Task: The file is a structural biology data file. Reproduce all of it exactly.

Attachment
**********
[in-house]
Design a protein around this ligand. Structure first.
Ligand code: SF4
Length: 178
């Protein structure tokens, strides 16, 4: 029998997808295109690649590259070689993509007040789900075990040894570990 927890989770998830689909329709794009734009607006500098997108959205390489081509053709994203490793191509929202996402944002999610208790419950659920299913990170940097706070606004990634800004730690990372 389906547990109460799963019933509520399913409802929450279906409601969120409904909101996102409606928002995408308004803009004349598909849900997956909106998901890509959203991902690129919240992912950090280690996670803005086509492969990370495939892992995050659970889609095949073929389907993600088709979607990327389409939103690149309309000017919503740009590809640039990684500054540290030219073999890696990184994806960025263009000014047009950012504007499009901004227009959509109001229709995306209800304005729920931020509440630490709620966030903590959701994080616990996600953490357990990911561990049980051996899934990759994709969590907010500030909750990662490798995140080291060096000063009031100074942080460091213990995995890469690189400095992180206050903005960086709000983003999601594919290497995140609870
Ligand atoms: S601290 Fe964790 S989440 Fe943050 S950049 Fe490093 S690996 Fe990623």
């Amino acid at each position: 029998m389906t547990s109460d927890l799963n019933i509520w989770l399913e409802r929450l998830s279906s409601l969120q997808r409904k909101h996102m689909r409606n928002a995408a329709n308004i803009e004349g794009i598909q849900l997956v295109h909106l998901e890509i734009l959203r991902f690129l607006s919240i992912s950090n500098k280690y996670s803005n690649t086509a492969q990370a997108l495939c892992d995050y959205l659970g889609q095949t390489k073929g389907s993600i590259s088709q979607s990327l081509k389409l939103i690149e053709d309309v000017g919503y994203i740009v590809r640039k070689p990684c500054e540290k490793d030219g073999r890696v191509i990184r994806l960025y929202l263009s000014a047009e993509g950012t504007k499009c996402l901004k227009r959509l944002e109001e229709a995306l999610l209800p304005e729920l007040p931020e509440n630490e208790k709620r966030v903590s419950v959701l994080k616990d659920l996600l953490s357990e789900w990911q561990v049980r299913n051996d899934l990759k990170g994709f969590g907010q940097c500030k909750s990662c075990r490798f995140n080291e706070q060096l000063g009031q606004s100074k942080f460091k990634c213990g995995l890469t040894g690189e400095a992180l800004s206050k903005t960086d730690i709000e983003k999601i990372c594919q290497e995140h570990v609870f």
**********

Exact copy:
[in-house]
Design a protein around this ligand. Structure first.
Ligand code: SF4
Length: 178
């Protein structure tokens, strides 16, 4: 029998997808295109690649590259070689993509007040789900075990040894570990 927890989770998830689909329709794009734009607006500098997108959205390489081509053709994203490793191509929202996402944002999610208790419950659920299913990170940097706070606004990634800004730690990372 389906547990109460799963019933509520399913409802929450279906409601969120409904909101996102409606928002995408308004803009004349598909849900997956909106998901890509959203991902690129919240992912950090280690996670803005086509492969990370495939892992995050659970889609095949073929389907993600088709979607990327389409939103690149309309000017919503740009590809640039990684500054540290030219073999890696990184994806960025263009000014047009950012504007499009901004227009959509109001229709995306209800304005729920931020509440630490709620966030903590959701994080616990996600953490357990990911561990049980051996899934990759994709969590907010500030909750990662490798995140080291060096000063009031100074942080460091213990995995890469690189400095992180206050903005960086709000983003999601594919290497995140609870
Ligand atoms: S601290 Fe964790 S989440 Fe943050 S950049 Fe490093 S690996 Fe990623």
């Amino acid at each position: 029998m389906t547990s109460d927890l799963n019933i509520w989770l399913e409802r929450l998830s279906s409601l969120q997808r409904k909101h996102m689909r409606n928002a995408a329709n308004i803009e004349g794009i598909q849900l997956v295109h909106l998901e890509i734009l959203r991902f690129l607006s919240i992912s950090n500098k280690y996670s803005n690649t086509a492969q990370a997108l495939c892992d995050y959205l659970g889609q095949t390489k073929g389907s993600i590259s088709q979607s990327l081509k389409l939103i690149e053709d309309v000017g919503y994203i740009v590809r640039k070689p990684c500054e540290k490793d030219g073999r890696v191509i990184r994806l960025y929202l263009s000014a047009e993509g950012t504007k499009c996402l901004k227009r959509l944002e109001e229709a995306l999610l209800p304005e729920l007040p931020e509440n630490e208790k709620r966030v903590s419950v959701l994080k616990d659920l996600l953490s357990e789900w990911q561990v049980r299913n051996d899934l990759k990170g994709f969590g907010q940097c500030k909750s990662c075990r490798f995140n080291e706070q060096l000063g009031q606004s100074k942080f460091k990634c213990g995995l890469t040894g690189e400095a992180l800004s206050k903005t960086d730690i709000e983003k999601i990372c594919q290497e995140h570990v609870f």